"Even though we have strict regulations and an intense focus on the tests we're doing — the people doing the tests, and the environment in which the test is done — we have only one enforced regulation [for testing breast cancer specimens] about guarding the quality of the thing we're testing," Compton said. The PPMPT aims to "alter this for patients to eliminate to the greatest degree possible the 'garbage-in' paradigm to pathology and molecular analysis," she added.

PPMPT, with input from relevant experts and CAP leadership, analyzed scientific literature relevant to the most important preanalytical variables for bio-specimens. Now, the group is employing those findings to develop practice metrics and evidence-based guidance for pathologists. They are developing data-driven procedures for controlling the most critical steps in the collection and handling of specimens that have an undesired impact on the molecular testing of DNA, RNA, and protein, Compton said.

At the CAP meeting Compton presented the top variables affecting patient samples. For tissue samples, time to stabilization — the time it takes from removing the tissue from a patient to when it is stabilized in formalin to stop biological activity — topped the list. This time to stabilization needs to be less than one hour, according to PPMPT.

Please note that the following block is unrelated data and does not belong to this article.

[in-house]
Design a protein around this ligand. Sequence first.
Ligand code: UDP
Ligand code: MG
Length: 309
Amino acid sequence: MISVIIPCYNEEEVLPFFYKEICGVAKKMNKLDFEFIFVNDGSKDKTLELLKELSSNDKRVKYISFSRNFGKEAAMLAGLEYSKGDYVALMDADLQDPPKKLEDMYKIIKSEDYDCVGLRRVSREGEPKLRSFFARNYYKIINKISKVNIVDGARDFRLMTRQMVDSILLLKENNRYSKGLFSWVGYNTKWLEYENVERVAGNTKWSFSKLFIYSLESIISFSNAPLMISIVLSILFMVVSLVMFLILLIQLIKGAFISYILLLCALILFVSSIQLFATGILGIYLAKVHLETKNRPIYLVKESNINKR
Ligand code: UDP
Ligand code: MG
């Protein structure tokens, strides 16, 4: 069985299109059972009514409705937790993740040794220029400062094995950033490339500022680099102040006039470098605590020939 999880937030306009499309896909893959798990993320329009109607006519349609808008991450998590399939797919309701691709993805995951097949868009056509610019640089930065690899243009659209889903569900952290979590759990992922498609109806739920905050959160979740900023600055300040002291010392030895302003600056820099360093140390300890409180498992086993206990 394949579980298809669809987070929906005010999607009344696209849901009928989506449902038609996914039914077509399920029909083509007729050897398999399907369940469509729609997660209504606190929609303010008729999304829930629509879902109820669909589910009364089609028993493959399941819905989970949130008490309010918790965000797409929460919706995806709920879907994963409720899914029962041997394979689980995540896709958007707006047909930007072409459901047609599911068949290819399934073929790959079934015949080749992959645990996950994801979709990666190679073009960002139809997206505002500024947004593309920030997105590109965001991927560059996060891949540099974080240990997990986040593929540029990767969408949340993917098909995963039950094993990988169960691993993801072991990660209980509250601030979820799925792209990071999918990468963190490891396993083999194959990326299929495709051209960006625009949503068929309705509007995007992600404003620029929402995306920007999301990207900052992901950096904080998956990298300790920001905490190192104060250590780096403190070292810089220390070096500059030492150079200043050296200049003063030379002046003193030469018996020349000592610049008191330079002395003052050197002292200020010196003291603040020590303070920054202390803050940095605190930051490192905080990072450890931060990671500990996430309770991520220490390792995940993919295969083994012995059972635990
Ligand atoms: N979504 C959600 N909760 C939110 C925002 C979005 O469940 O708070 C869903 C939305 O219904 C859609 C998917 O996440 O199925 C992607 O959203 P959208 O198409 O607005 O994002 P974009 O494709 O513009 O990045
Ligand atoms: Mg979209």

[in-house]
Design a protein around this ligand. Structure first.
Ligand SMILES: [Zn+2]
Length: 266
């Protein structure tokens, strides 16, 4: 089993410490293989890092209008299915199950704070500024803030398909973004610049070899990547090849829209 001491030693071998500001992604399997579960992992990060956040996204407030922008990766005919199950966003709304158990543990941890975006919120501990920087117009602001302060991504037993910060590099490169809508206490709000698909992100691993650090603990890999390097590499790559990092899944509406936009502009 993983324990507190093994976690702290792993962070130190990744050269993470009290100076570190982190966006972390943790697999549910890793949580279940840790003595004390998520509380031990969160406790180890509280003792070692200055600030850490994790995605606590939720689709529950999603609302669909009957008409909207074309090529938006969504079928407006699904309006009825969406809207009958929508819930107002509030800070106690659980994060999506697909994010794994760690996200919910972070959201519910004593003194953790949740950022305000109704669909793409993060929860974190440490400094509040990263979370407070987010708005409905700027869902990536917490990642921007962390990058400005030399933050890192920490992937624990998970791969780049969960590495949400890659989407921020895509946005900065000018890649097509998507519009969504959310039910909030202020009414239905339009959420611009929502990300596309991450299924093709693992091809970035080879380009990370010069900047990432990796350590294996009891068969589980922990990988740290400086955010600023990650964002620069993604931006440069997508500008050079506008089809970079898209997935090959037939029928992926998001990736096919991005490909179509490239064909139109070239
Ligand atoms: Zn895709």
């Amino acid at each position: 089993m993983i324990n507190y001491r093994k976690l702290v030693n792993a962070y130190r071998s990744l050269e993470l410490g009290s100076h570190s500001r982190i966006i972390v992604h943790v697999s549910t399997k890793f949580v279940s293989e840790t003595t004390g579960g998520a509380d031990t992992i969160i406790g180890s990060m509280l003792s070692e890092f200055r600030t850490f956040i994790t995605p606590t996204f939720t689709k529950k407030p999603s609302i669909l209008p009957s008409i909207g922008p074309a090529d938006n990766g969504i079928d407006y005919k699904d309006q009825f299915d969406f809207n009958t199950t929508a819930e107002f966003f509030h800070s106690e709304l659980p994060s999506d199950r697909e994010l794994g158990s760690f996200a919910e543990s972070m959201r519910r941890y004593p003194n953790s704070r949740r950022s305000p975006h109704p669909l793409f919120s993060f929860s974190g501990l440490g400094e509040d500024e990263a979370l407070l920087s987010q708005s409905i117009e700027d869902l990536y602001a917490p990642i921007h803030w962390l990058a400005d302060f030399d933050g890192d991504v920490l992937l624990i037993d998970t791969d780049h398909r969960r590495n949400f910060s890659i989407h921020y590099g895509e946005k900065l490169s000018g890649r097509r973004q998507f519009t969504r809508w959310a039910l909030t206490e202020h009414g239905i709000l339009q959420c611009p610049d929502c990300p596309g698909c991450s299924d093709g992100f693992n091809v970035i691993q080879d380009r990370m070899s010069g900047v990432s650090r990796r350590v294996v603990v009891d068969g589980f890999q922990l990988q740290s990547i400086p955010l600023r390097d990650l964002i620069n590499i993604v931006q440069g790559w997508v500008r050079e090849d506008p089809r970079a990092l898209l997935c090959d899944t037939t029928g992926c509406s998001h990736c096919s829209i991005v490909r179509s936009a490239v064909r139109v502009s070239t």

Other variables include storage conditions and processing methods, which encompass temperature and section thickness of the sample, as well as method of stabilization, which encompass the type of fixative used and the amount of time the sample is in the fixative.

For blood and serum, the most important parameter is time to processing, and other variables include methods of acquisition, stabilization, processing, and storage conditions.

"Advances in molecular biology are coming very rapidly and leading to exciting new diagnostic and novel treatment approaches," David Hicks, director of surgical pathology at the University of Rochester Medical Center, said during the presentation. Hicks, who is a practicing breast pathologist in addition to being a lab director, said that to stay ahead of molecular advances, high-quality human biospecimens are needed for research and clinical work.